Monday, February 15, 2010


Well, i have to say, that looks like a very short list. Really they should be asking for suggestions that weren't on the list in 1992.

as far as those 5 go, the things i would find acceptable are MMP with PV electorate votes and no 5% threshold, or alternatively STV with either a single nationwide "multi seat constituency" or at most 4 or 5 huge electorates (so that the south island and Auckland become 1 electorate each).

What i think would be better is the Most Open List. You get your party vote, you get your proportionality, you get to vote for your local candidate if you wish, but you're not limited to voting for the one and only (your party) candidate in your "electorate". You can vote for anyone on your favorite party's list, be it the preferred local candidate, another local candidate you like better, a candidate from a neighboring electorate or even someone from the other end of the country if you feel they represent you better.

And the icing on the cake for people that follow politics closely, you can if you want to rank everyone on the list yourself, which means you can effectively "un-vote" someone you don't like, all without losing your party vote and proportionality.

And yet it is not on the list of finalists, despite no one even asking whether there might be a better option out there. Instead we have what feel like the same hand picked straw men to make the government's favorite system look good especially when the info given about the options is whatever they could pull off wikipedia in 5 minutes.

Have a look at the descriptions of the 5 systems on
Some STV systems[...] Other STV systems[...] Yet another alternative[...]
You would think that whichever 2 of them they aren't considering were irrelevant, and they could tell us a bit more about what the actual option for NZ was, or at least just tell us which one to think about. Would be nice if they explained the formulae too instead of saying "just trust us".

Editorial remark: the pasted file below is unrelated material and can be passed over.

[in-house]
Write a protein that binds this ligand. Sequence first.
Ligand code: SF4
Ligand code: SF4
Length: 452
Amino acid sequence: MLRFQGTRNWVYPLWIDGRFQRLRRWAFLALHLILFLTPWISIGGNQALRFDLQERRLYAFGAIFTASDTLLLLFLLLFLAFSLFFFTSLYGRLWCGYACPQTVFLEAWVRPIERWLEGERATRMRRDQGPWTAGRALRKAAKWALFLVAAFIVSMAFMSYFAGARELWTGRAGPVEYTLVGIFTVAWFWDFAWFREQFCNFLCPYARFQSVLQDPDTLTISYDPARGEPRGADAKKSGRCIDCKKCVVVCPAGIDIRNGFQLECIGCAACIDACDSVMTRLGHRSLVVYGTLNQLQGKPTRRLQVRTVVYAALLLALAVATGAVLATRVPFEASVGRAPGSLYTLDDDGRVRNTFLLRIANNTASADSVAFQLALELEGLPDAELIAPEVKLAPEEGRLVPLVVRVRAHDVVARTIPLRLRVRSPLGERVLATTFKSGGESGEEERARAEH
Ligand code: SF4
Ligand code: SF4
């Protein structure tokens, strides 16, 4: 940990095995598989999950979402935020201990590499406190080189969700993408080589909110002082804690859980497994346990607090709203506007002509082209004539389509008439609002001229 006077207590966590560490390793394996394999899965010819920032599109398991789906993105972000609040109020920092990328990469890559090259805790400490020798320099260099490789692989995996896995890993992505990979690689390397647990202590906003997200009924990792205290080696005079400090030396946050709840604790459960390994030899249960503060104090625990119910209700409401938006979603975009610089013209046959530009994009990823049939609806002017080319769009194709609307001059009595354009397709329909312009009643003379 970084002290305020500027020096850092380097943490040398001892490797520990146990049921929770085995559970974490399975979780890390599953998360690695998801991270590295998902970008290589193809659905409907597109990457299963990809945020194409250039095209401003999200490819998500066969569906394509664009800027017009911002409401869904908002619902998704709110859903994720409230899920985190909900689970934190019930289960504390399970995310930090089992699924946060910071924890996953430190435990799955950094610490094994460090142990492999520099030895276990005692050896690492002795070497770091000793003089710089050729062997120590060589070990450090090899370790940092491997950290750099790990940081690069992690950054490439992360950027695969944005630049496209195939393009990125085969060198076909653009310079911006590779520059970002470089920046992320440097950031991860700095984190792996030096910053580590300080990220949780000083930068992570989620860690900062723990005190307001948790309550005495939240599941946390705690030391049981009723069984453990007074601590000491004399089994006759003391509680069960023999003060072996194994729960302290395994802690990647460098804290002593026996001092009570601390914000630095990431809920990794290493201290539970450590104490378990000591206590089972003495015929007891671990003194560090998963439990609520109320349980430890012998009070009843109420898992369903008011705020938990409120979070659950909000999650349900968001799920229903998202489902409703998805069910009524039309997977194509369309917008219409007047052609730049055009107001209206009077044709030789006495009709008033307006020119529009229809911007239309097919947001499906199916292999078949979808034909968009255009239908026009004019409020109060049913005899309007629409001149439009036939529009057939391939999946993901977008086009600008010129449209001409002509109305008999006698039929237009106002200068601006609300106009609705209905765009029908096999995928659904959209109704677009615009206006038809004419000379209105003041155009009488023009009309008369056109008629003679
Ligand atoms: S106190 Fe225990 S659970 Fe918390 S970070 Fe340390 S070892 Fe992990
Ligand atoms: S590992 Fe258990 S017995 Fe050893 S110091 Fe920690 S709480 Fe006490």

What do i have against MMP FPP STV PV and SM?

MMP - list members no one wants, and how important the party organizations become, being 100% in control of the party list. Worries about "wasted votes" give minor parties a huge disadvantage - both in electorate (2 horse race) and party votes (5% threshold). Not proportional in the case of overhangs.

FPP - not proportional, nationwide (not concentrated in few areas) minor parties have no chance (Greens, NZ 1st, historically Social Credit). Worries about "wasted votes" give minor parties a huge disadvantage.

STV - only proportional within electorates, so a party needs to get up to around 10% of the vote before they start getting MPs, so this and worries about "wasted votes" give minor parties a huge disadvantage. Depending on how 2nd votes are transferred, this either results in elections depending on chance (random selection of winning candidates surplus voters) or calculating fractions of votes quickly descending into an obscenely complicated process of re-counting and calculating fractions. Multi seat constituencies will be about 3 times as large as current electorates (in rural areas) so some areas will be without adequate local representation e.g. the west coast might plausibly end up with 3 MPs all based in Nelson and Blenheim (Although currently it would be entirely plausible for the MP to be based in Motueka)

PV - not proportional, nationwide (not concentrated in few areas) minor parties have no chance (Greens, NZ 1st, historically Social Credit).

SM - not proportional, minor parties disadvantaged in electorate seats. Party organizations become too important, being 100% in control of the party list.


Some people are talking about one change that might be made to MMP if we keep it is to open the lists. This would be great, but i should specify that my vision of the Most Open List was to abolish electorates altogether and let voters use their list rankings to ensure local representation.

I also want to point out that current "independent"candidates would be free to run as a 1 man party, and in this case using the current Saint-Lague formula and assuming 2.4 million votes, independents would only need about 10,000 local votes to get their 1 and only list candidate into parliament, about the same number it takes for an independent to win an electorate currently.

My favorite part about this is that those 10,000 votes don't have to all come from within an arbitrarily delineated "electorate" but can come from anyone who feels represented by the independent. An example is if someone from Queenstown-Lakes district wants to run as local representation, he could have 7000 votes from Queenstown and 3000 votes from Wanaka. Currently these towns are split by an artificial electorate boundary.

This would also work for Maori electorates. If Hone Harawira got kicked out of the Maori Party but can still get 10,000 votes from Maori in Te Tai Tokerau, he can go to parliament and represent Maori in Te Tai Tokerau. Even better, this still wouldn't stop Maori Party voters ranking their local candidate at the top of the list and getting a Maori Party MP for Te Tai Tokerau too.